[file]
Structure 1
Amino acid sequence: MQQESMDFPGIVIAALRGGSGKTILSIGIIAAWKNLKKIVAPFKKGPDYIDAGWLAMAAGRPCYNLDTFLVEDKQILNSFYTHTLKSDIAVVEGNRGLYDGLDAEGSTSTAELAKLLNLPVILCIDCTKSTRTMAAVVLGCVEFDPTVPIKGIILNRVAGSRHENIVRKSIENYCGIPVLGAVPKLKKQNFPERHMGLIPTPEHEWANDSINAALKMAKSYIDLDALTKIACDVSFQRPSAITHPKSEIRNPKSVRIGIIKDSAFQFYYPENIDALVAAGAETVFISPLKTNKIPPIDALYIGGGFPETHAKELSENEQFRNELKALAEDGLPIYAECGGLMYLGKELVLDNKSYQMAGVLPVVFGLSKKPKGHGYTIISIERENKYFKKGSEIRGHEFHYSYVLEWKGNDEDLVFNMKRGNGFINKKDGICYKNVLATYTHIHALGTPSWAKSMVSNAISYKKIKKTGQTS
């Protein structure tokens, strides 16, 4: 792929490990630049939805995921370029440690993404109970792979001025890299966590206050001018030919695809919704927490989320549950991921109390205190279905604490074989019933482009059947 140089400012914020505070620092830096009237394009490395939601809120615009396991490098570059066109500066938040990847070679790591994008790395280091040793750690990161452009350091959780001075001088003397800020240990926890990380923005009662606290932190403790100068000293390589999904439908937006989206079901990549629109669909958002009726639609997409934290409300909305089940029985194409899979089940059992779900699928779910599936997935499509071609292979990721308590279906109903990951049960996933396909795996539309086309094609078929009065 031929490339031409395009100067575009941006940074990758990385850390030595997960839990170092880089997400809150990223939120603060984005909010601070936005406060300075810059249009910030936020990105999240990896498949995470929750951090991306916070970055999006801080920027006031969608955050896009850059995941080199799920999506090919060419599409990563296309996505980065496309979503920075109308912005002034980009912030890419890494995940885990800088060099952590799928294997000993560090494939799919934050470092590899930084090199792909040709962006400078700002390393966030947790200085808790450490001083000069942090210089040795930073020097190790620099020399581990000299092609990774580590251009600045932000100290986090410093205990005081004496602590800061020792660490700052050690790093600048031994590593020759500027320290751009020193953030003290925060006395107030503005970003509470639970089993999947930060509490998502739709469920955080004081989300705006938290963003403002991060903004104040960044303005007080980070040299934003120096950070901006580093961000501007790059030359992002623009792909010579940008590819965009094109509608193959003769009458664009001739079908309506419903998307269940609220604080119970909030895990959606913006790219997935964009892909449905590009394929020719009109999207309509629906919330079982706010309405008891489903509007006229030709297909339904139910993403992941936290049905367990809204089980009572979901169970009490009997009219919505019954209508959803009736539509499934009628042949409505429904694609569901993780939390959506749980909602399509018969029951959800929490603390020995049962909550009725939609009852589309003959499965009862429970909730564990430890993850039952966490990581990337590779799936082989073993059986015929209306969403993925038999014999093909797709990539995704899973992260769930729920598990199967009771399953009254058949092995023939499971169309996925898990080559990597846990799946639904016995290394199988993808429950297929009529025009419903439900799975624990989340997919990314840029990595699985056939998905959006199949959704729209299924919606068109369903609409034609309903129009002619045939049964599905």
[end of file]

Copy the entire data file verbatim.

Structure 1
Amino acid sequence: MQQESMDFPGIVIAALRGGSGKTILSIGIIAAWKNLKKIVAPFKKGPDYIDAGWLAMAAGRPCYNLDTFLVEDKQILNSFYTHTLKSDIAVVEGNRGLYDGLDAEGSTSTAELAKLLNLPVILCIDCTKSTRTMAAVVLGCVEFDPTVPIKGIILNRVAGSRHENIVRKSIENYCGIPVLGAVPKLKKQNFPERHMGLIPTPEHEWANDSINAALKMAKSYIDLDALTKIACDVSFQRPSAITHPKSEIRNPKSVRIGIIKDSAFQFYYPENIDALVAAGAETVFISPLKTNKIPPIDALYIGGGFPETHAKELSENEQFRNELKALAEDGLPIYAECGGLMYLGKELVLDNKSYQMAGVLPVVFGLSKKPKGHGYTIISIERENKYFKKGSEIRGHEFHYSYVLEWKGNDEDLVFNMKRGNGFINKKDGICYKNVLATYTHIHALGTPSWAKSMVSNAISYKKIKKTGQTS
């Protein structure tokens, strides 16, 4: 792929490990630049939805995921370029440690993404109970792979001025890299966590206050001018030919695809919704927490989320549950991921109390205190279905604490074989019933482009059947 140089400012914020505070620092830096009237394009490395939601809120615009396991490098570059066109500066938040990847070679790591994008790395280091040793750690990161452009350091959780001075001088003397800020240990926890990380923005009662606290932190403790100068000293390589999904439908937006989206079901990549629109669909958002009726639609997409934290409300909305089940029985194409899979089940059992779900699928779910599936997935499509071609292979990721308590279906109903990951049960996933396909795996539309086309094609078929009065 031929490339031409395009100067575009941006940074990758990385850390030595997960839990170092880089997400809150990223939120603060984005909010601070936005406060300075810059249009910030936020990105999240990896498949995470929750951090991306916070970055999006801080920027006031969608955050896009850059995941080199799920999506090919060419599409990563296309996505980065496309979503920075109308912005002034980009912030890419890494995940885990800088060099952590799928294997000993560090494939799919934050470092590899930084090199792909040709962006400078700002390393966030947790200085808790450490001083000069942090210089040795930073020097190790620099020399581990000299092609990774580590251009600045932000100290986090410093205990005081004496602590800061020792660490700052050690790093600048031994590593020759500027320290751009020193953030003290925060006395107030503005970003509470639970089993999947930060509490998502739709469920955080004081989300705006938290963003403002991060903004104040960044303005007080980070040299934003120096950070901006580093961000501007790059030359992002623009792909010579940008590819965009094109509608193959003769009458664009001739079908309506419903998307269940609220604080119970909030895990959606913006790219997935964009892909449905590009394929020719009109999207309509629906919330079982706010309405008891489903509007006229030709297909339904139910993403992941936290049905367990809204089980009572979901169970009490009997009219919505019954209508959803009736539509499934009628042949409505429904694609569901993780939390959506749980909602399509018969029951959800929490603390020995049962909550009725939609009852589309003959499965009862429970909730564990430890993850039952966490990581990337590779799936082989073993059986015929209306969403993925038999014999093909797709990539995704899973992260769930729920598990199967009771399953009254058949092995023939499971169309996925898990080559990597846990799946639904016995290394199988993808429950297929009529025009419903439900799975624990989340997919990314840029990595699985056939998905959006199949959704729209299924919606068109369903609409034609309903129009002619045939049964599905």